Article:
Before he left for sunnier climes, headway was made covering the stacks in Glory Mill, as per my last blog, and the cherry-picker has since arrived for the insulation application. Stationed at the top of the cherry-picker is Colin, a stonemason who has worked with the museum for a number of years.

Cherry-picker-200pxIn the last month, I have had the opportunity to go away and work with him on some of his ‘live’ jobs which has been both incredibly interesting and challenging at times.

These external ‘placements’ have included repairing stonework and render on a blind, 14th Century, church doorway and painting the timber on a medieval granary.

I joined Colin and his laborer Kieran on their last day at the granary, so the photographs I was able to get are limited.

They show the lime washed panels, which Colin and Kieran had already completed, and the extent of the timber work to be painted with black linseed oil paint.

Tusmore-Estate-Photo-600pxIn contrast, I have been assisting Colin at the church since his first day on site, so I’ve really had the opportunity to get stuck in and see how his tasks generally evolve.

Church

Cookham-before-200pxAt some point in its past, the church doorway has had a cement render and slurry applied over the soft chalk, or clunch, stone beneath. Where cracks and holes have appeared over the years, moisture has seeped in and created a loss of adhesion with the underlying stone. The telltale sign of this was the hollow sound when we tapped the render, and the slight bulges in places. The ivy growing behind the cement was a big giveaway too!

 

Cookham-15th-Sept---12-Jess-200pxOver a period of four days, we have removed the failed render and started replacing it with lime. Ideally, the entire doorway including archivolt mouldings, jambs, columns and hoodmould, which have been slurried or rendered with cement, would also be reworked in lime. However, the financial constraints that face any church when it comes to work such as this, means only doing what is absolutely necessary. As everything else appears sound, and more damage would be caused removing the cement, we are concentrating on three main areas: the quoins on either side, the right side jamb, and part of the archivolt.

Cookham-6th-Sept---7-200px

Cookham-29th-Sept---1-200pxCookham-6th-Oct-3-200px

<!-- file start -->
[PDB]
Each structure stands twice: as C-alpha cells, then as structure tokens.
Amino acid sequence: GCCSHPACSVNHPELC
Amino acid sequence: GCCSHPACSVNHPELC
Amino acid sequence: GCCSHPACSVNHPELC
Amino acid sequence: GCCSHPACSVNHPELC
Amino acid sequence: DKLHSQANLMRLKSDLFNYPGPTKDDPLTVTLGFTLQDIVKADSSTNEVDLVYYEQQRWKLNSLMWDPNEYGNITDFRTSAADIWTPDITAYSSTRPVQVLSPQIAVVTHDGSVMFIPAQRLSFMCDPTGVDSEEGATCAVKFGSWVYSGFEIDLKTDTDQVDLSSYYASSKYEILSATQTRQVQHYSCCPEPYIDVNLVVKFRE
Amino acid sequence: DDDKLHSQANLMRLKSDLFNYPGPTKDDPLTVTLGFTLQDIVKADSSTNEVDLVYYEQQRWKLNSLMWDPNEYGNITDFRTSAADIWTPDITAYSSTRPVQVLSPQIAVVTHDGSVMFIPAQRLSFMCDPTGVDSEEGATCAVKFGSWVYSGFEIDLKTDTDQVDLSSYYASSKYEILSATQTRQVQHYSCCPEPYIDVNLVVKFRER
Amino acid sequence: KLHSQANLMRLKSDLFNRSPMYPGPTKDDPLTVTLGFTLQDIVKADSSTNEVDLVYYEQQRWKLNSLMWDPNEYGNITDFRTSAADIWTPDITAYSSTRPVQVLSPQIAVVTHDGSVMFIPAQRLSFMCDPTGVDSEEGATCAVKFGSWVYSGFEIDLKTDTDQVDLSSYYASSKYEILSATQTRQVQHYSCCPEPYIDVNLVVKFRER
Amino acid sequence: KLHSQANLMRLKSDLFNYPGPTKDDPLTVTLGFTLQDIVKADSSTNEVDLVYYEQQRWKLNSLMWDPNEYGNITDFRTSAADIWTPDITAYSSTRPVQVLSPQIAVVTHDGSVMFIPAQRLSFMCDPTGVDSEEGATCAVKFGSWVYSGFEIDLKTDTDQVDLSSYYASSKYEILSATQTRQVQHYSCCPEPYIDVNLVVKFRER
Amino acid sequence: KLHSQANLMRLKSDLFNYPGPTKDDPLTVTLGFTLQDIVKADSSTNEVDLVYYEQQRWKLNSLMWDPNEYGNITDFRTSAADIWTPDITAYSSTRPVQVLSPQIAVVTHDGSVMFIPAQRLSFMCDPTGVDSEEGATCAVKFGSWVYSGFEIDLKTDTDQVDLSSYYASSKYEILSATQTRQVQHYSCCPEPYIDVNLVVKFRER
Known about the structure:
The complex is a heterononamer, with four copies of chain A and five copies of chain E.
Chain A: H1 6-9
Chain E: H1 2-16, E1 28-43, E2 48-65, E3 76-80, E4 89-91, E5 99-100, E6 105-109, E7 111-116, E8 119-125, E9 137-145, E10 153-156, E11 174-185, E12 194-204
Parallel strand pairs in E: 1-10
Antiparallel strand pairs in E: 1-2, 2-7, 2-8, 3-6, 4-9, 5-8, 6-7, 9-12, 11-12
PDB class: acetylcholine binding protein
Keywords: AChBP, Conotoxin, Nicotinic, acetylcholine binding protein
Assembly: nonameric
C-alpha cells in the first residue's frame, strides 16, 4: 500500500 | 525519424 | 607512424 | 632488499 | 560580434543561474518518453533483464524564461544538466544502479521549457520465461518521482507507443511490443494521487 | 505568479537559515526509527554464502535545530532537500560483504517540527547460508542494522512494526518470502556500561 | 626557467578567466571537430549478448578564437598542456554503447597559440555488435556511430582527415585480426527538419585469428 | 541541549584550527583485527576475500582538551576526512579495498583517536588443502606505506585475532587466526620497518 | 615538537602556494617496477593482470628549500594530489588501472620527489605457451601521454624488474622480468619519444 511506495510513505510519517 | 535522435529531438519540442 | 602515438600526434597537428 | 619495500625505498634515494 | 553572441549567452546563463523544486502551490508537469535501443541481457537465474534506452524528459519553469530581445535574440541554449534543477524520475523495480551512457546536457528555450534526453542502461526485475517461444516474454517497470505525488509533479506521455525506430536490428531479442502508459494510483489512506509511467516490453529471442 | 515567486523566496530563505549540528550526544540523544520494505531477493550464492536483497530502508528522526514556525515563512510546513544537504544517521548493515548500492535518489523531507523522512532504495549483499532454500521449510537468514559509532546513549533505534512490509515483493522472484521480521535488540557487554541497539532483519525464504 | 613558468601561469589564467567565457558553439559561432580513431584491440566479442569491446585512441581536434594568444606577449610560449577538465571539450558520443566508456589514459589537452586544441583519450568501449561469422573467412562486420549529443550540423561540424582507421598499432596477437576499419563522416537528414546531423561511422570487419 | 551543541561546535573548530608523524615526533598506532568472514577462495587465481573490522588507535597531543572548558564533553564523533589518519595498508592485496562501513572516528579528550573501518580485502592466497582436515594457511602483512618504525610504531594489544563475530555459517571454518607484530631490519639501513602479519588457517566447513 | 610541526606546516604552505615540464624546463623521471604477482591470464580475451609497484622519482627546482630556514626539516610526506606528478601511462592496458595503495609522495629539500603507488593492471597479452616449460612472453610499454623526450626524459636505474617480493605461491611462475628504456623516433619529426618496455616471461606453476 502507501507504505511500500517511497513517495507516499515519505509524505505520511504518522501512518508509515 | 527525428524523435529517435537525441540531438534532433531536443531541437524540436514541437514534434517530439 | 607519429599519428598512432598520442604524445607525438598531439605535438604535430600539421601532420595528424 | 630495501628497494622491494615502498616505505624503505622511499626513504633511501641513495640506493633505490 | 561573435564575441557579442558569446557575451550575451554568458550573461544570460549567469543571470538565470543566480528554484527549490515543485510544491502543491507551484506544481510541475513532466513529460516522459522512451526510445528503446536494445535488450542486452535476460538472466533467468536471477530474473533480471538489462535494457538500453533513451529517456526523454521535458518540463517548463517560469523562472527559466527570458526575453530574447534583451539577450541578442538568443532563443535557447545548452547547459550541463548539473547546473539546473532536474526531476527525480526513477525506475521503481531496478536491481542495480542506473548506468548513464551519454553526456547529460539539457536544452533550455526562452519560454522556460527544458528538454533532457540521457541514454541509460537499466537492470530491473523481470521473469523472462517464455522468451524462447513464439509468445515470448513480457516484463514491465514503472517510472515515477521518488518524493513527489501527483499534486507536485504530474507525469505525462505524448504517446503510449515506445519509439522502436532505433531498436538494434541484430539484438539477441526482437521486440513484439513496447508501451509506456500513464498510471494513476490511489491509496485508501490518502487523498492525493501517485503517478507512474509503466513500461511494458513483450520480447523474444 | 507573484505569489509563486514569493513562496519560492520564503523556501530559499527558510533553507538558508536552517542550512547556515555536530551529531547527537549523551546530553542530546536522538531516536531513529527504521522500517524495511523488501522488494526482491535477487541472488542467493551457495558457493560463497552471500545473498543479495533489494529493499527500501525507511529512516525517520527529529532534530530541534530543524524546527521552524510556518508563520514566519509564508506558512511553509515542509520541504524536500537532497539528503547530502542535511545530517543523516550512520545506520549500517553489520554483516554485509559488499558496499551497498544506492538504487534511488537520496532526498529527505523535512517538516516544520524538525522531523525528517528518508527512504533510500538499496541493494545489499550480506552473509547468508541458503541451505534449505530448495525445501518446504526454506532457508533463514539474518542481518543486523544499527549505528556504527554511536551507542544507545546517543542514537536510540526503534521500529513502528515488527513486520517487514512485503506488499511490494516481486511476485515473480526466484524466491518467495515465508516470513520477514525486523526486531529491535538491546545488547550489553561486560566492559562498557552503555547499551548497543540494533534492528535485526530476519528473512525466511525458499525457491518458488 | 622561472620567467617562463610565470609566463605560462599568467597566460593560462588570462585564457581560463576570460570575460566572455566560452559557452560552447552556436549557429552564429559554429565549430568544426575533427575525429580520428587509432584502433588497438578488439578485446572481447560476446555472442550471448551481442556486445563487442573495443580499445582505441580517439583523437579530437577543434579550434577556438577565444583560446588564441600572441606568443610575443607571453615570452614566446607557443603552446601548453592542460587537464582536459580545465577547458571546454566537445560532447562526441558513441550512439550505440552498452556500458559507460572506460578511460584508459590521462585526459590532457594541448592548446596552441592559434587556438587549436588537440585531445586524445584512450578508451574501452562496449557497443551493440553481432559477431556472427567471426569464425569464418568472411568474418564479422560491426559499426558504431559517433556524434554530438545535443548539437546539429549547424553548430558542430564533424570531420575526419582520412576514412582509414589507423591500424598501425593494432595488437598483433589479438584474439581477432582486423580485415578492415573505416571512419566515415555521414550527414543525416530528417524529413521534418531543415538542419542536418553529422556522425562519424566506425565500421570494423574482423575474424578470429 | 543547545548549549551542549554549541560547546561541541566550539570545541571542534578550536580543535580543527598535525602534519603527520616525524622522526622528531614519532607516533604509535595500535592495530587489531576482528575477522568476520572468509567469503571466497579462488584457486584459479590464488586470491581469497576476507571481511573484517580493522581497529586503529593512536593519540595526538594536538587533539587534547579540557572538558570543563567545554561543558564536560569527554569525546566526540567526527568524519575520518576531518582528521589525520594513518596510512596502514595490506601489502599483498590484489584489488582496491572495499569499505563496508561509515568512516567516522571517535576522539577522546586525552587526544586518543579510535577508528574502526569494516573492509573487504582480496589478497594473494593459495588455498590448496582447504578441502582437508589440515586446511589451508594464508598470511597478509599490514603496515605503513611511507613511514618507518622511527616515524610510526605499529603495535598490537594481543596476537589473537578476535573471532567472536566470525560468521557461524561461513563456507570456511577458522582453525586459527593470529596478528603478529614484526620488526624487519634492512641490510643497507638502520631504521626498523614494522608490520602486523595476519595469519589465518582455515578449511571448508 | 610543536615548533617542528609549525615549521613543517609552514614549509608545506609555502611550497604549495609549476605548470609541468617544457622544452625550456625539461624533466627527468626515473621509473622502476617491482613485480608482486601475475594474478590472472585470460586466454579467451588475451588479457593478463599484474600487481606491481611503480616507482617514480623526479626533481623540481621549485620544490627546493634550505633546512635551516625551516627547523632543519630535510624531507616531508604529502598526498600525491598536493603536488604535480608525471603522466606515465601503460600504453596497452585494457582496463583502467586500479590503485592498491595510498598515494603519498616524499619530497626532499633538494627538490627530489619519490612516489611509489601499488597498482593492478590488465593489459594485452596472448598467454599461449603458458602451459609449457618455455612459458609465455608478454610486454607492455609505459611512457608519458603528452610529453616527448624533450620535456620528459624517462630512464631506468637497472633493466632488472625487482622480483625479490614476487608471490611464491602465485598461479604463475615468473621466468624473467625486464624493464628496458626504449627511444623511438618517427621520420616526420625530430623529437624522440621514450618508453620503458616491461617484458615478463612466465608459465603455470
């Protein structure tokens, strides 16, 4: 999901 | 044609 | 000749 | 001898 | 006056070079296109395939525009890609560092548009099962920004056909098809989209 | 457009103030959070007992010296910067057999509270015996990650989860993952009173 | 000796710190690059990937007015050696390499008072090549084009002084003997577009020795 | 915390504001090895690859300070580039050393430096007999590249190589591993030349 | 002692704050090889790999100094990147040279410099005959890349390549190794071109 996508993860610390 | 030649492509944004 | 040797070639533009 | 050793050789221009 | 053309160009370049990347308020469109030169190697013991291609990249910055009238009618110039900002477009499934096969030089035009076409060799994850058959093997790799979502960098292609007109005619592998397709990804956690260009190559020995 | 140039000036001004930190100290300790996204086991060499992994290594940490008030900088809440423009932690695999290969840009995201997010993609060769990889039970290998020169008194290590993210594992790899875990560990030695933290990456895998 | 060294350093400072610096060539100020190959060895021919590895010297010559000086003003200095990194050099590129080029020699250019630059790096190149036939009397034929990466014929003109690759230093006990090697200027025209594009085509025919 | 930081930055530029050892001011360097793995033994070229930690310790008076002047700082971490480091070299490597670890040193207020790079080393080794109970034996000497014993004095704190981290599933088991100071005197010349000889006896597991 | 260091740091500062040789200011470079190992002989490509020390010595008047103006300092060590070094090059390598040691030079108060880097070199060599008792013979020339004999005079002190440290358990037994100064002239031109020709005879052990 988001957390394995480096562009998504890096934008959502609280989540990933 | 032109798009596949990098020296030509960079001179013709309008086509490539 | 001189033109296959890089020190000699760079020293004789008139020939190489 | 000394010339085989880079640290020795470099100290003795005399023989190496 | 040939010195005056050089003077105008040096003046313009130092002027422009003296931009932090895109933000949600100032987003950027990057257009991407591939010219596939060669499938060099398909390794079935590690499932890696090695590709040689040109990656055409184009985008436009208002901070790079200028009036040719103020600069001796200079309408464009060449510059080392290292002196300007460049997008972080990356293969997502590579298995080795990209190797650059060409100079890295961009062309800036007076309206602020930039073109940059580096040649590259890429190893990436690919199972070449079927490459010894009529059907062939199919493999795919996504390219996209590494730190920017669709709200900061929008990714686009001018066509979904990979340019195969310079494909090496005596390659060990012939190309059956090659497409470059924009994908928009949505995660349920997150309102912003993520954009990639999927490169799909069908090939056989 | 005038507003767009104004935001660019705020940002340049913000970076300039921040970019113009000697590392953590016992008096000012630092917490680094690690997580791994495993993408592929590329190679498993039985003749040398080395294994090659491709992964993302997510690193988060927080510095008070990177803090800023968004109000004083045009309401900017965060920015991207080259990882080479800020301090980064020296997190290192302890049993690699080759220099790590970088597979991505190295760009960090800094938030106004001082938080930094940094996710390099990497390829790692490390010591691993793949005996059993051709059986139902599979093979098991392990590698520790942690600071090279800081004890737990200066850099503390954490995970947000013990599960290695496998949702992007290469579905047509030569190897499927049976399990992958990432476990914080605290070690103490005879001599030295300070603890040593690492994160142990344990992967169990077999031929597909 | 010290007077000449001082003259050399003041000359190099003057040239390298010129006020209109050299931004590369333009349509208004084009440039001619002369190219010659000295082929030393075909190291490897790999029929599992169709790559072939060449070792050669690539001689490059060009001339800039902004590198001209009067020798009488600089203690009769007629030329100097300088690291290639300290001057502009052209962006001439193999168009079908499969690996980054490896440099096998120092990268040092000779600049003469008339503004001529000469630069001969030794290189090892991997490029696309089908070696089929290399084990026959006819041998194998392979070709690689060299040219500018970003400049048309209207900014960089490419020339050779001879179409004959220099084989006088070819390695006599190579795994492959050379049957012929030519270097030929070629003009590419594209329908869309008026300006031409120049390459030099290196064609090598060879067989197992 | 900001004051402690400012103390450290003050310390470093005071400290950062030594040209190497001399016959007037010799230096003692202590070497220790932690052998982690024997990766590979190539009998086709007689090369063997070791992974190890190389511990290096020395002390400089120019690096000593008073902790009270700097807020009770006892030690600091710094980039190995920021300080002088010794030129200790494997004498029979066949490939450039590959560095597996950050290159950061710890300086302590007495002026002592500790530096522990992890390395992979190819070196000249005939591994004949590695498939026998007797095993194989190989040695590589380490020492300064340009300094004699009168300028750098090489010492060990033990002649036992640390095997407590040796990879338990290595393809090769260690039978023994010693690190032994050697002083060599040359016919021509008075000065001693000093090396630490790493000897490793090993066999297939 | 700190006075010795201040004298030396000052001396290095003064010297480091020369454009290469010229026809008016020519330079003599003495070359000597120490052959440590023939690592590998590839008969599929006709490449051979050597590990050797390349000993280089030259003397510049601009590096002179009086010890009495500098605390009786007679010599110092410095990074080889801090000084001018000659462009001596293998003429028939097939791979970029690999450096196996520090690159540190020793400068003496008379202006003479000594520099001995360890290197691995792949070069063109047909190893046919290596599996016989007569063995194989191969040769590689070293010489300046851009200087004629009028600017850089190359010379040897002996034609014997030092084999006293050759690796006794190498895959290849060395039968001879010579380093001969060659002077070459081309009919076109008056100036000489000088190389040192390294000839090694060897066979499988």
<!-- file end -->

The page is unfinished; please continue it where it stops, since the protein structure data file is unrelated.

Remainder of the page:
Caversham

One of the – many – jobs on the list for the volunteers and I to get started whilst the boss was away, was the new doors for the Caversham toilet block at the top of site.

The original timber doors had rotted in various areas and had been retired before I commenced my trainee programme. Solid wood doors based faithfully on the originals had been skillfully created by a local joiners and were awaiting a lick of green paint and the addition of the brass door furniture. Progress was slower than I expected while we were left to our own devices, although the hinges had been cut and were almost millimeter perfect. Almost!

Things have certainly sped along since the boss returned, and both the doors have nearly had their three coats of paint. Caversham-door-painting---Jess-2-200px Cutting the mortice for the lock took about two days due to the 7” depth, but we are now on the final stretch and even all the brass work has been Brasso’d…and brown sauced.

Photos to follow as and when the doors have been fitted.

By Jess Eyre
HLF Buildings Trainee

Image of Tusmore Estate © Jonathan Thacker

 

 

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Introduction

Jess-300pxAllow me to introduce myself, I am Jess, the third and final Heritage Lottery Funded Buildings Trainee to walk through the COAM gates.

I am only about a month into my Traineeship, so have almost the full 18 months to look forward to and I’m excited at the prospect of what I will learn in that time. In these first few weeks, while I find my feet, I am under the watchful eye and expert tutelage of the Buildings Manager, John. He and the Buildings Team volunteers have all made me feel very welcome and been very patient with me.

As this is my first blog post, I will let you know a bit about me as well as what I’ve been doing on site these past few weeks.

Firstly, I’ve moved down from Milton Keynes to begin this traineeship. Not too far in terms of distance, but I do feel a long way from the grid system and concrete cows at times.